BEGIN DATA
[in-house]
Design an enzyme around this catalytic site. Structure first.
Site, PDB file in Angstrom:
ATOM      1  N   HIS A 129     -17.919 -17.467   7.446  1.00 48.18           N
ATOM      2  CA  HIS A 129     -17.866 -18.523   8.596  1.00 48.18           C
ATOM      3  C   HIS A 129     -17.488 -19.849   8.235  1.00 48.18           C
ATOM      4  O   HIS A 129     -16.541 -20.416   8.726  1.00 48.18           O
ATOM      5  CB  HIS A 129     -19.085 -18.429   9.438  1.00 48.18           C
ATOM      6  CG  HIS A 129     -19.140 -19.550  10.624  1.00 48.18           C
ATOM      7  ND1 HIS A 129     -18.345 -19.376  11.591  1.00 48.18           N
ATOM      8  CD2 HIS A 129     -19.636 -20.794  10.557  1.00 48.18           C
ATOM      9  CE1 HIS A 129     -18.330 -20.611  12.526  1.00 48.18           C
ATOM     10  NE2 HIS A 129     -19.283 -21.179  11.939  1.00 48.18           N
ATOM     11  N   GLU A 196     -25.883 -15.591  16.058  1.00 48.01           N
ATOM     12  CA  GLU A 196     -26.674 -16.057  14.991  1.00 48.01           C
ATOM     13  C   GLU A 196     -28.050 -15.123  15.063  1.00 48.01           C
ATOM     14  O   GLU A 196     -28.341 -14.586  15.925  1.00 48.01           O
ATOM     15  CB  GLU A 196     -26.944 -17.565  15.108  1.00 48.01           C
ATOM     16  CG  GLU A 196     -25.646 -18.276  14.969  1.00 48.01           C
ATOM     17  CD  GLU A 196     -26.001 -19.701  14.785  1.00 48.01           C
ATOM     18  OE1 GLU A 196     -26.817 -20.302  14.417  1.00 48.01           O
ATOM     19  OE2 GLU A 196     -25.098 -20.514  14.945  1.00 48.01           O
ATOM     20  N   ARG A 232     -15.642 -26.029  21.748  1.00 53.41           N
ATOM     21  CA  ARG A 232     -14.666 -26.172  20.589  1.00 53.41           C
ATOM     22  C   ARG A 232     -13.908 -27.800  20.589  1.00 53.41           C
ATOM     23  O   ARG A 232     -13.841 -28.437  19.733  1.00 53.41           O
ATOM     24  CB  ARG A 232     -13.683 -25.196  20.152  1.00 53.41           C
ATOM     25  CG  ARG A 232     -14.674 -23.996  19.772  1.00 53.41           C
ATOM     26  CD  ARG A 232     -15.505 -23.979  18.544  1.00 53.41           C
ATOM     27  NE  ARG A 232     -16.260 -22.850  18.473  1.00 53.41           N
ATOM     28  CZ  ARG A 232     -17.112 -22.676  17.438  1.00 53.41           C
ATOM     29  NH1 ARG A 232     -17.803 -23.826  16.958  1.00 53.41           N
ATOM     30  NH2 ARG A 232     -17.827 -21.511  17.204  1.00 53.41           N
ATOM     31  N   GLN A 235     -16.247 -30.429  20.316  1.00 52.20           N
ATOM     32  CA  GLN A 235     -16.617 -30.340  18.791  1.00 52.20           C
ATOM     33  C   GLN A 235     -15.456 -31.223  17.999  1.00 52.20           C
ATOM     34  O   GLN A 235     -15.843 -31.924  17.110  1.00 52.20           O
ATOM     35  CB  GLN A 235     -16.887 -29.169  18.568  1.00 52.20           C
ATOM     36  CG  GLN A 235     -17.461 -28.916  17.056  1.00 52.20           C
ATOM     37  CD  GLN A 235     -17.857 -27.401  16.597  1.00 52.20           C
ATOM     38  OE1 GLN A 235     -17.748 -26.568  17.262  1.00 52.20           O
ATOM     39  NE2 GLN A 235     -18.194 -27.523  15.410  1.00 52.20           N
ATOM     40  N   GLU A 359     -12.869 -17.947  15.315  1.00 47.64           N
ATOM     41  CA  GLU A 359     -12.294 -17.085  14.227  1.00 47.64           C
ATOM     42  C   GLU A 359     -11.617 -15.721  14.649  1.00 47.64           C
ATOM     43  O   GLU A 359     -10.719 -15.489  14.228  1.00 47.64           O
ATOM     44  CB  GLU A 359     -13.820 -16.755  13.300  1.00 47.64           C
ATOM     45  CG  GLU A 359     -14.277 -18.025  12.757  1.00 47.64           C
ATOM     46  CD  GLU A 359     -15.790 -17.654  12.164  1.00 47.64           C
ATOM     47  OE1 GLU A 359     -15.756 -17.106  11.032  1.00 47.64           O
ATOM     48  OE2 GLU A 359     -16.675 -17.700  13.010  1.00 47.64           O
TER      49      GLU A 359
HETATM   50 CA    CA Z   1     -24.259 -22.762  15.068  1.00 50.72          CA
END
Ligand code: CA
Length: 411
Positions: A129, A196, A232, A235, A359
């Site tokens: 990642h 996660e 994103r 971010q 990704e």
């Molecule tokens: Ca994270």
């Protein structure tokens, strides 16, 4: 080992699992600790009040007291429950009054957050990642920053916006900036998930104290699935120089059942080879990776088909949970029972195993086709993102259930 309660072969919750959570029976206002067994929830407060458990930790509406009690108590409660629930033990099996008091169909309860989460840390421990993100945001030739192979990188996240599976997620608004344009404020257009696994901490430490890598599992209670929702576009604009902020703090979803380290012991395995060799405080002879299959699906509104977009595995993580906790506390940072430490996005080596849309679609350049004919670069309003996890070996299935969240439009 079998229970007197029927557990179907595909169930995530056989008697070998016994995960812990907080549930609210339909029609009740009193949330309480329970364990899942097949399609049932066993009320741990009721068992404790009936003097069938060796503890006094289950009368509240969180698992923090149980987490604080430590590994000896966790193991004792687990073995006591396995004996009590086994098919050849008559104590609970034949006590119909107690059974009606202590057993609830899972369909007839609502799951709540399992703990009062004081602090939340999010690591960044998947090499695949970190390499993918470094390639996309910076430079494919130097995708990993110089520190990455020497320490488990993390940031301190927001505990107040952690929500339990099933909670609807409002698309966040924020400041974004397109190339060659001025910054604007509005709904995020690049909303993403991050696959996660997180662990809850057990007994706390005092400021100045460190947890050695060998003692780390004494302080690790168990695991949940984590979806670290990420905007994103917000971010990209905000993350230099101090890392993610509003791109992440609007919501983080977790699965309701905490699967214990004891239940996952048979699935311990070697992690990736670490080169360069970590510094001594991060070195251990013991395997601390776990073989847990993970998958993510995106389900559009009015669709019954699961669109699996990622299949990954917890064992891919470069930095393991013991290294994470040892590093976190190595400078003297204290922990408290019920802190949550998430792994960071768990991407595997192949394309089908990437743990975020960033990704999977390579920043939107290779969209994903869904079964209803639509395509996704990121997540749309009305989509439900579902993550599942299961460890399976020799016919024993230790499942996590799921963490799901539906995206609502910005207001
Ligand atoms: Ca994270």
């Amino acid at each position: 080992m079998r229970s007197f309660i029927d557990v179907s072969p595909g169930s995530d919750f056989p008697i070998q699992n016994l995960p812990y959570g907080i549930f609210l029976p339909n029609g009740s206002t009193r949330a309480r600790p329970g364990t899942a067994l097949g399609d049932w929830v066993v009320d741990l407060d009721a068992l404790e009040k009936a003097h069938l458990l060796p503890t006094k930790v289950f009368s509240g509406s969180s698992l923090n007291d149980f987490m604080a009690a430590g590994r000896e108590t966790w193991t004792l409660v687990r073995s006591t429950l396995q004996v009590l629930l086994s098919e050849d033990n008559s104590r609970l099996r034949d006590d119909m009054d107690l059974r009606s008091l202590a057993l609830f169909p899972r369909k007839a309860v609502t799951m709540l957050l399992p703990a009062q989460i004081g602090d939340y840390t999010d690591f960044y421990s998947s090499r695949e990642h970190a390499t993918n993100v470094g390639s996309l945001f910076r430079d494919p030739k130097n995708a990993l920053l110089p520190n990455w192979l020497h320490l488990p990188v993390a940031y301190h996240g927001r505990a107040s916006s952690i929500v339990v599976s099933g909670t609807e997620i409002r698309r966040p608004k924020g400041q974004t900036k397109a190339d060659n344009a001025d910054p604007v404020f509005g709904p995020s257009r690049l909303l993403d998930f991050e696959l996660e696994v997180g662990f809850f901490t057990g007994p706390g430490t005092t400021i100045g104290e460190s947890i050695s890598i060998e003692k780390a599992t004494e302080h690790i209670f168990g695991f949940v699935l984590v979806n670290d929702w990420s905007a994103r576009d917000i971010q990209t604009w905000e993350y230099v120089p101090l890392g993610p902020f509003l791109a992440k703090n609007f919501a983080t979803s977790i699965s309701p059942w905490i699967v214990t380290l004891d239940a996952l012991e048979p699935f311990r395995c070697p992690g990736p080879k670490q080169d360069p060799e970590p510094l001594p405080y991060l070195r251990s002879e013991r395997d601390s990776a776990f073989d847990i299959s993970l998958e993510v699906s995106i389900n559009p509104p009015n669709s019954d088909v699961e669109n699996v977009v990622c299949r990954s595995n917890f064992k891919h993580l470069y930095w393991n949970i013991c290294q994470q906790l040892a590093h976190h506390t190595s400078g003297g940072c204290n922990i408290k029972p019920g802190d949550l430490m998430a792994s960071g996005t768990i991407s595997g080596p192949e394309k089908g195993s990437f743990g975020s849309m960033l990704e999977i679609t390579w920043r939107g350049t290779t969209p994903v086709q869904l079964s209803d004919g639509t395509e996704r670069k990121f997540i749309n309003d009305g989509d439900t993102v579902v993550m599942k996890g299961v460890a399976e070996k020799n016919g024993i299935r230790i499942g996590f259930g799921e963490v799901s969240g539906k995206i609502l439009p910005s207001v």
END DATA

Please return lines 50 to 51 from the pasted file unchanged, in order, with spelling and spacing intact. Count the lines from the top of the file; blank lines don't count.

ATOM     47  OE1 GLU A 359     -15.756 -17.106  11.032  1.00 47.64           O
ATOM     48  OE2 GLU A 359     -16.675 -17.700  13.010  1.00 47.64           O